But according to a report by CBS Channel 3, “In a statement, the West Whiteland Police Department says ‘at no time’ did the department request Energy Transfer ‘to provide security for any of its work sites in West Whiteland Township.’ The department says in December 2018, Energy Transfer contacted them about hiring off-duty officers to provide security at work sites but the department declined the request.” A press release to the same effect appears on the West Whiteland website.
How high does it go? In the press release, DA Hogan is quoted as saying, “These types of investigations are complex and time consuming. We are working our way up a chain of corruption, which has both corporate and political ramifications. Other law enforcement entities also are investigating. It will be interesting to see where the evidence leads.”
Some speculation on where this might heading. There are many questions raised, but not answered, by the DA’s press release. I find it interesting to consider some of the things the press release does not say.
The fact that the two constables are not named makes me wonder if they are cooperating in the investigation. The release does mention the involvement of “multiple constables”, which suggests that more than the original two might be implicated.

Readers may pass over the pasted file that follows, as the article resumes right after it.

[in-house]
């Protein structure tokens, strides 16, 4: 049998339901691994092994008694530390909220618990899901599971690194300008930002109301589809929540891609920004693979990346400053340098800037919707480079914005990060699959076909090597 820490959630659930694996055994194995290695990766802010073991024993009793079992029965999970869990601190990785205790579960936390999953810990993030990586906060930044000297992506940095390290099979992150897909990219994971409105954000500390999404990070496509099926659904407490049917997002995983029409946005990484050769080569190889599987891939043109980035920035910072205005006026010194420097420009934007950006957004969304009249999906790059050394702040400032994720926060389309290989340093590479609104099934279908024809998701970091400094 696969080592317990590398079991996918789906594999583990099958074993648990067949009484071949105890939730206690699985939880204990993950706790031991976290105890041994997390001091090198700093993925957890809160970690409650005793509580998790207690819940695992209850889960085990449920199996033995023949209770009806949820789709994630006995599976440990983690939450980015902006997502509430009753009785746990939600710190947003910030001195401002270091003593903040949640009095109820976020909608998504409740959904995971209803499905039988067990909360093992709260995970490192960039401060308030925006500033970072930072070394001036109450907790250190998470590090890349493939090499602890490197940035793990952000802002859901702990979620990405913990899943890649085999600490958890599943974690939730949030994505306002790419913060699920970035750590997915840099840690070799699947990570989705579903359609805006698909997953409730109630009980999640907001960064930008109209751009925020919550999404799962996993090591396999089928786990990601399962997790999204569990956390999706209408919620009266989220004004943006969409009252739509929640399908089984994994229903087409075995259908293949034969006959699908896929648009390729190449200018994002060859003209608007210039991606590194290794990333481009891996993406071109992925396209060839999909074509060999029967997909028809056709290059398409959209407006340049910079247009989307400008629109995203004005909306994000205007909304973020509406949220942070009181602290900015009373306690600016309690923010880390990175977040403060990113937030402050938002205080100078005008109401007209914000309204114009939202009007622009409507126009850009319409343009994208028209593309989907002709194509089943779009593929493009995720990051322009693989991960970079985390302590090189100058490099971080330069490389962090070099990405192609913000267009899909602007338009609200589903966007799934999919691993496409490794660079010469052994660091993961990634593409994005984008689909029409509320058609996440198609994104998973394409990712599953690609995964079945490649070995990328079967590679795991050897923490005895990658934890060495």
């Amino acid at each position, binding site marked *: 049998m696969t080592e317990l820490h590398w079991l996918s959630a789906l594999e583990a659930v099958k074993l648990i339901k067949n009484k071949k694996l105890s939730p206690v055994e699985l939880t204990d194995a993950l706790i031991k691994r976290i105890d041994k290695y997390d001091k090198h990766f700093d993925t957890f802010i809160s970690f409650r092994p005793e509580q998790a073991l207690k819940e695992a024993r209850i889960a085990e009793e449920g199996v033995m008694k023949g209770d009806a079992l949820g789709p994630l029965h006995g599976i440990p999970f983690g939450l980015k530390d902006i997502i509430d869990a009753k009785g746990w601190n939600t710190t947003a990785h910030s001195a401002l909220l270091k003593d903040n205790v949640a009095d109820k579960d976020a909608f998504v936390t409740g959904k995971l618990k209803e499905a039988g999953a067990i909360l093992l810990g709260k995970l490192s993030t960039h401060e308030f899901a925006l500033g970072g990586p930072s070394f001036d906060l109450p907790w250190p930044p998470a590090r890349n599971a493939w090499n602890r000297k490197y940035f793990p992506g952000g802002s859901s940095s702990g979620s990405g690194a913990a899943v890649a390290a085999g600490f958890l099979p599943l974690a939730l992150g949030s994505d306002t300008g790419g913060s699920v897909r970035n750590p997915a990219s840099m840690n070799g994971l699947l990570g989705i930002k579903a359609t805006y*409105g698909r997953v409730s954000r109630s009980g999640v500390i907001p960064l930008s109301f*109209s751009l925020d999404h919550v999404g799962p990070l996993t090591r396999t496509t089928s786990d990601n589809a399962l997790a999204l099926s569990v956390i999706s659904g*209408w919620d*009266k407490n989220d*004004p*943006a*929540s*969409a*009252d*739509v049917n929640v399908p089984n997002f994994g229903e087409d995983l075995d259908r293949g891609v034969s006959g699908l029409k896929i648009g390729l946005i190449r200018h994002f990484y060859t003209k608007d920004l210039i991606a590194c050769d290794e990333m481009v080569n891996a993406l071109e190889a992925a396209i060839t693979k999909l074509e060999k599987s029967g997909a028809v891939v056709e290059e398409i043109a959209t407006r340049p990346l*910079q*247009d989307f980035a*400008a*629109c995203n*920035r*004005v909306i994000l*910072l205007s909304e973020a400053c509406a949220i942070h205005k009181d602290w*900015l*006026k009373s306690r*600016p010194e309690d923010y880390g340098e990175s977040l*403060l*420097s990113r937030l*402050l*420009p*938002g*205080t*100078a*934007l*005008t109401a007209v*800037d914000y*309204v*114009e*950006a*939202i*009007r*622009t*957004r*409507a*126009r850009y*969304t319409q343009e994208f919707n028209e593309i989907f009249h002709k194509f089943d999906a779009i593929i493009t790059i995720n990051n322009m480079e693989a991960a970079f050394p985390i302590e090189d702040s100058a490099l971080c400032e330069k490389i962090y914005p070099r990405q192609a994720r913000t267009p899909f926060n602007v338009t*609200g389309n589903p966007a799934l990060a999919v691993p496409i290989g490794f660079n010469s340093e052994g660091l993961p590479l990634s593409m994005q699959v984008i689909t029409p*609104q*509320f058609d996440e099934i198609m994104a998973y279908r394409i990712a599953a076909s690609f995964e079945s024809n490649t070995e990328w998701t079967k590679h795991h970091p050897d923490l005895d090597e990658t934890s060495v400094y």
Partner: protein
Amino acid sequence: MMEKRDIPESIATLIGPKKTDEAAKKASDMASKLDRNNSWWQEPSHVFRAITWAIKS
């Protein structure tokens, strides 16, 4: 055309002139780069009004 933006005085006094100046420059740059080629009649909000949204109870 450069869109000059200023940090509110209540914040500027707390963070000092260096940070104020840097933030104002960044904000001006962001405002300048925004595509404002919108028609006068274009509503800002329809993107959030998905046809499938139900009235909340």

The existence of an “unwritten policy” of hiring active law enforcement personnel for security suggests to me that Energy Transfer may have routinely followed this practice at other locations where the company has pipelines or other assets. And the mention of “political ramifications” suggests that Sunoco may have had help from elected officials here in Pennsylvania.
And there is the mention of “other law enforcement entities” that are conducting investigations. That is presumably referring to the investigations being undertaken by the state Attorney General or the FBI, or both.
The five who were arrested will have an initial hearing on December 20 before a judge in Chester County. Each is accused of “bribery, dealing in unlawful proceeds, conspiracy, and related offenses”. The number of counts ranges from 44 to 54. Most of the counts are felonies, with potential penalties of up to 5 years in prison and $10,000 in fines for each count (if I am reading the statute—Title 65 § 11090—correctly). I encourage readers who are knowledgeable in the law to correct me if I have that wrong.
[Update on 12/4/19: A lawyer friend tells me there are potentially much greater penalties than those I listed. For example, for “Conspiracy to Deal in Proceeds of an Unlawful Activity” (one of the offenses in question), there can be penalties up to 20 years in jail. These people almost certainly won’t get the maximum sentence. But even the minimum sentence under the guidelines for a first-degree felony, for someone with no prior record, is 9 months for each count.]
It seems very likely that this story will not end with just these five defendants (plus a few State Constables). I’ll keep you posted.